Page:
Problematically, deficit orientations combined with good intentions—“preparing students for college” “upholding standards”—is saviorism (Alex Shevrin Venet’s work is vital on this topic, especially for white teachers).  Part of my moving away from saviorism and restoring my relationship with students on healthier terms required me to also move away from traditional grading.  Imagine thinking so highly of yourself and so little of your students that you believed their only motivation is points.  This is, at least in some circles, and prevailing view, and to borrow from Jesse Stommel, if we believe that students need a reason as banal as points to do our work, then they’ll likely believe it, too.  For me, breaking up with traditional grading meant breaking up with my ego, and it made me a better teacher by compelling me to, with students, consider reasons for our work together that pushed beyond banal point accumulation; we leaned into purpose, into mission, into values, and into imagination and world building.  I had to listen, to be wrong, to be apologize, to repair harm I had caused, and to change my actions.

There are some things to acknowledge here: ungrading, like anything, can also be a weapon that causes harm (we might think of Autumm Caines’ work on the weaponization of care as an example); sometimes ungrading can also cross into savorism, especially if the shift isn’t rooted in high expectations or accompanied by changes to the pernicious pedagogies underlying traditional grading.  In other words, simply “going pointless” tomorrow isn’t going to change much at all, maybe except the window dressing.  We can ungrade and still find ourselves complicit with grading when our philosophies and core values are still doggedly rooted in compliance, command, and control, our practices still compel students to perform to a single standard, and our personal interactions with students lack relational care and are abundant in what Cornelius Minor calls “deservedness.”   Jesse Stommel, as usual, tells us what we might need to hear: “We can’t simply take away grades without re-examining all of our pedagogical approaches, and this work looks different for each teacher, in each context, and with each group of students.”  Jesse warns us to beware of the Zeitgeist.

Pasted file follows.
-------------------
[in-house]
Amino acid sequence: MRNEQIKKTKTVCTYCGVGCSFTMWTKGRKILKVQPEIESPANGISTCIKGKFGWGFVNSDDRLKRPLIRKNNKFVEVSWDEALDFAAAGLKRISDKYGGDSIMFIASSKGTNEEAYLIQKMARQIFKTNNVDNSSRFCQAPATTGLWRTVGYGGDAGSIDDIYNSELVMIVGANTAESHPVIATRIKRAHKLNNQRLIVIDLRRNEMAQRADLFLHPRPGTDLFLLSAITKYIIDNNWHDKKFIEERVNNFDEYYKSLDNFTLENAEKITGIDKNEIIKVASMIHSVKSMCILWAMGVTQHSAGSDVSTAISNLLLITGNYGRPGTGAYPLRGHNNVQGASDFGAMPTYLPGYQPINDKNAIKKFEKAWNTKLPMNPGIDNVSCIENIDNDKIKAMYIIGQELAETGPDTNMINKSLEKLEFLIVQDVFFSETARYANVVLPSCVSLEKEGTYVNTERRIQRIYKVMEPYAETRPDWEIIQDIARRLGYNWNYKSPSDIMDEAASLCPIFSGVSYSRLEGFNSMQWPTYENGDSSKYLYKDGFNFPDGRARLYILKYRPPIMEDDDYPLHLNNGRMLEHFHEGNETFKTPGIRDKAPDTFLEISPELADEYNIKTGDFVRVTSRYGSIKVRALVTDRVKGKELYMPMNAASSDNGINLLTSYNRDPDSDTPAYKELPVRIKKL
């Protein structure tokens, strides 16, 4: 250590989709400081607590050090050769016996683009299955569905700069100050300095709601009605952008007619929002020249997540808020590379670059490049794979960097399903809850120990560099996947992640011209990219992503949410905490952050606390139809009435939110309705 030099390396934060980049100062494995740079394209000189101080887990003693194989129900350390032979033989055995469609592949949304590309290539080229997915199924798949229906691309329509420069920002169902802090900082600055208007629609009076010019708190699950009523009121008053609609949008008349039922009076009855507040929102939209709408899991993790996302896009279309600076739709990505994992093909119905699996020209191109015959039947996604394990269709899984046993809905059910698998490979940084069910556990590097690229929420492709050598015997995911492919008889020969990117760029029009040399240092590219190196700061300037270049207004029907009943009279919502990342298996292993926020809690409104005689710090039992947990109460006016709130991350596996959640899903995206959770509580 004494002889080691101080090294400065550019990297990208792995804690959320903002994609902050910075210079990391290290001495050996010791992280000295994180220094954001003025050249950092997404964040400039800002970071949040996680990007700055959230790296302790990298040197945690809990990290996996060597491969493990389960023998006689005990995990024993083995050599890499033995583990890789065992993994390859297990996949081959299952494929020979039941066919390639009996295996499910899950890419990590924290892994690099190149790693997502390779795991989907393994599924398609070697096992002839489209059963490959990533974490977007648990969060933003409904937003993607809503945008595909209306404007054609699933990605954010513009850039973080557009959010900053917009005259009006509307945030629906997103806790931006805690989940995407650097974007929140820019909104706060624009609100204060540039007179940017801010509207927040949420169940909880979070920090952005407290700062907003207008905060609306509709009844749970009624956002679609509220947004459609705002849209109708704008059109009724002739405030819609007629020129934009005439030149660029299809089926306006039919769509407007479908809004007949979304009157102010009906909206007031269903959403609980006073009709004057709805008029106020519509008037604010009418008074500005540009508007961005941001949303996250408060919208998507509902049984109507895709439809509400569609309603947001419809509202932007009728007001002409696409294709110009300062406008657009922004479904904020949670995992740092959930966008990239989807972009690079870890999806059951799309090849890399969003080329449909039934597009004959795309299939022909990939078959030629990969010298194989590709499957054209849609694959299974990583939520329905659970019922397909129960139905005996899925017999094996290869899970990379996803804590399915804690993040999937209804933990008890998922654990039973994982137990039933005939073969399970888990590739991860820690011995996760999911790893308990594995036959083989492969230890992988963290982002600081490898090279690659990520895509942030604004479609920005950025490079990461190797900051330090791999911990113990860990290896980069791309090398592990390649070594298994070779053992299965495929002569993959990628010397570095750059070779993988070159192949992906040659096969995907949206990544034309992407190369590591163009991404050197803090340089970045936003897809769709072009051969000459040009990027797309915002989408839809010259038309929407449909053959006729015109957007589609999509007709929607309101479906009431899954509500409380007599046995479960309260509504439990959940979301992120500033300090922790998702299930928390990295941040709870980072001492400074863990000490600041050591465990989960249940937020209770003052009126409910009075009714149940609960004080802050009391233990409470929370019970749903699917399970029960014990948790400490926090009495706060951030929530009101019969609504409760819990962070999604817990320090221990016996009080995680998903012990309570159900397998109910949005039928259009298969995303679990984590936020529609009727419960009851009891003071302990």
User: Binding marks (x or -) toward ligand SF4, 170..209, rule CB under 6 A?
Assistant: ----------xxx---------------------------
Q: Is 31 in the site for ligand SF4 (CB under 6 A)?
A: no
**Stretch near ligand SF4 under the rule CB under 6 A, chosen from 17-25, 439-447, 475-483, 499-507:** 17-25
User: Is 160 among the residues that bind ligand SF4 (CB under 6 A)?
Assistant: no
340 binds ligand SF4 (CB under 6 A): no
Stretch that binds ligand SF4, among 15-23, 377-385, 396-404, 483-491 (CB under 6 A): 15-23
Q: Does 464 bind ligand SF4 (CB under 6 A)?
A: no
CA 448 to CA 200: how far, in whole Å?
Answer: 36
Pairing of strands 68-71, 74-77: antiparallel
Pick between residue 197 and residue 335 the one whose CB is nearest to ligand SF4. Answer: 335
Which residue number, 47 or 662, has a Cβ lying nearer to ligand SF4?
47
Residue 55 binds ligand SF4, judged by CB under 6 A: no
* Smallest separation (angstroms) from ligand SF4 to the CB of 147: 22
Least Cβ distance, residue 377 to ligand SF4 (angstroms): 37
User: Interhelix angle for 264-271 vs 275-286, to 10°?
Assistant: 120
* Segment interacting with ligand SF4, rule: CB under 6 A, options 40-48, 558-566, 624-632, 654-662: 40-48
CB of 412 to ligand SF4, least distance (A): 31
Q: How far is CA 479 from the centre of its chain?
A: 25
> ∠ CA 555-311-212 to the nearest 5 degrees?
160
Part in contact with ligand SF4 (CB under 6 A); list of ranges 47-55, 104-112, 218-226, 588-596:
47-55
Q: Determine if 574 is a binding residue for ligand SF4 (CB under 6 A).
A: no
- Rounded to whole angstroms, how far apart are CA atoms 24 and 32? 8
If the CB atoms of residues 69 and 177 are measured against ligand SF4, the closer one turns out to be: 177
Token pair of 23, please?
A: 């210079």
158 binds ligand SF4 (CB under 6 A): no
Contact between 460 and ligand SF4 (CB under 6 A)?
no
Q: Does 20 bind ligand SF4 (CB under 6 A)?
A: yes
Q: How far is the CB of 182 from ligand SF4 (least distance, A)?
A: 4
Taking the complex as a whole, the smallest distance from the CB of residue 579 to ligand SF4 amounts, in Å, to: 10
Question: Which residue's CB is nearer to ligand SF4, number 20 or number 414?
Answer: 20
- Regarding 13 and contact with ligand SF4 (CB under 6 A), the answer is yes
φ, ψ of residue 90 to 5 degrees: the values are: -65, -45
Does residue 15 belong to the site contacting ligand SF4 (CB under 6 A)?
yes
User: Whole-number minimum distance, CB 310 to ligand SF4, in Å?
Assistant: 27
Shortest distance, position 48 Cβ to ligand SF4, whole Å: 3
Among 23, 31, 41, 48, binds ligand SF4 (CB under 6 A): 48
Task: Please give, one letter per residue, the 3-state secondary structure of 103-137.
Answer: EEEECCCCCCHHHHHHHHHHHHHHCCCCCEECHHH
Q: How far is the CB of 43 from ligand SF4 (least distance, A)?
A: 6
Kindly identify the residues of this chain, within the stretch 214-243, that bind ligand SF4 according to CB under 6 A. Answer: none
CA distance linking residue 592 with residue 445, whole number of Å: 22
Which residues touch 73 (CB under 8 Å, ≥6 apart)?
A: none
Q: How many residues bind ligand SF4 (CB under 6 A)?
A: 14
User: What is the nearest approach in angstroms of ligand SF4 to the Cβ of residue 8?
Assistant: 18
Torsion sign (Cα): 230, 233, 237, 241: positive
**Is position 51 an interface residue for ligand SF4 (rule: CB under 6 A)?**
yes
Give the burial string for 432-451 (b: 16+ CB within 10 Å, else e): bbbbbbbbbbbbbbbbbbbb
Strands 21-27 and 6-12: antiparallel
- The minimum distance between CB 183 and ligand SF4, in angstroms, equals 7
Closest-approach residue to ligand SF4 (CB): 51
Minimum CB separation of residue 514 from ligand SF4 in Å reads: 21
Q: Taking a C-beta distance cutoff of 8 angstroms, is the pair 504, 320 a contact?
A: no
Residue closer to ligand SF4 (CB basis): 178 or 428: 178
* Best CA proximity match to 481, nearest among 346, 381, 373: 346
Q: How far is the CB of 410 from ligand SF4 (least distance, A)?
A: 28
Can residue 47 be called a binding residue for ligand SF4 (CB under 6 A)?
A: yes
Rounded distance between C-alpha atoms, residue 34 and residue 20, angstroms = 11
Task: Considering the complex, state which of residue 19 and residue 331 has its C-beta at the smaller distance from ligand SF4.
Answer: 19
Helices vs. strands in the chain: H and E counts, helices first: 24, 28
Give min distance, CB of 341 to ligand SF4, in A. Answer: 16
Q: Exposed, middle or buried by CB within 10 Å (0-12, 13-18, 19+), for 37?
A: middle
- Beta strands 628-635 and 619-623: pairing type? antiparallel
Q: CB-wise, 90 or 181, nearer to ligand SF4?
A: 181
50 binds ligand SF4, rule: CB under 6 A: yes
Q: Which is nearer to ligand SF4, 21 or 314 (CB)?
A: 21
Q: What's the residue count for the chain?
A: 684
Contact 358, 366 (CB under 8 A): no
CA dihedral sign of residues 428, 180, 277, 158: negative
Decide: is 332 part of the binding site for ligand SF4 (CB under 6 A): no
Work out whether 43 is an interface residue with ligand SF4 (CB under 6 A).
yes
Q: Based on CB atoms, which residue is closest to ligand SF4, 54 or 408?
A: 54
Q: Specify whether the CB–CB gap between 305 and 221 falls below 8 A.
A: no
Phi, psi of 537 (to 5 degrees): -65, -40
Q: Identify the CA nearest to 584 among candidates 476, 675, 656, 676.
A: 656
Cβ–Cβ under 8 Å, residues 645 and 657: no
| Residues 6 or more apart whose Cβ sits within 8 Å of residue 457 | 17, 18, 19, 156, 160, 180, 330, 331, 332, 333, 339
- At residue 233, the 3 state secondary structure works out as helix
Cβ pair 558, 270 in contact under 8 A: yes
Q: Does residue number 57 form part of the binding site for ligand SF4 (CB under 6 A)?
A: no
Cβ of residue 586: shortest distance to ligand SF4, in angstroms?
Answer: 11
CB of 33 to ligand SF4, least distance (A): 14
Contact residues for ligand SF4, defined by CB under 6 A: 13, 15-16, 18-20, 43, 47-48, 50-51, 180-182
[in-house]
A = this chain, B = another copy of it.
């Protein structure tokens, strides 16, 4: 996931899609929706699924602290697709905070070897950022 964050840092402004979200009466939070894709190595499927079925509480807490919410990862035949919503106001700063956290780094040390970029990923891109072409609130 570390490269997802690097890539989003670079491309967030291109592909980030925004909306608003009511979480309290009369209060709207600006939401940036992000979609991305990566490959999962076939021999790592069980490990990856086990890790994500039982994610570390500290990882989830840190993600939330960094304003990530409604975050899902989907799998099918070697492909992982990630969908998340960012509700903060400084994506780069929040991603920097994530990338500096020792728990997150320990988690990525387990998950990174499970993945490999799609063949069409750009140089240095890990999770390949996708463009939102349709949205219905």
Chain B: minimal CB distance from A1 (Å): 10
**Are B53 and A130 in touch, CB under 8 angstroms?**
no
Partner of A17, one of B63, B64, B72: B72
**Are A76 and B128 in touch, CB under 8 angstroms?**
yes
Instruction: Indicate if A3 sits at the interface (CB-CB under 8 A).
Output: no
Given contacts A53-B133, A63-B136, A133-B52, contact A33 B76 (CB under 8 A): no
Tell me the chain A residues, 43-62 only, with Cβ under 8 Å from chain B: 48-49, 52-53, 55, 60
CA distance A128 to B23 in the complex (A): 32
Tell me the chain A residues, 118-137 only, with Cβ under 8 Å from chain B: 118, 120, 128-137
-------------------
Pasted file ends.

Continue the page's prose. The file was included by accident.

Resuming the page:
There’s nothing particularly heroic or sexy about ungrading; it’s comprised of small-yet-intentional changes—what we might call “micro-moves”—over an entire career to make learning environments more humanizing and relationally caring.  There’s no seismic shift, shining spotlight, grand pronouncement, or enduring fame, and that’s okay.  I just wanted better relationships with students and students wanted to have more freedom, so I had to figure out, in my classroom, how to make that happen, and I’m ever grateful for a network of people that helped—and continue to help—me, whether they know it or not.  I hope that the might help someone else in the same way I’ve been helped.  Each time we model just practices and relational care, help create conditions for students to feel safe taking intellectual risks, or see students advocate against harmful systems and structures, especially those based on flawed foundations like rigor, accountability, ranking, sorting, and exclusion, we’re pushing against the traditional system, urgently, even if it might feel like we’re moving in slow-motion.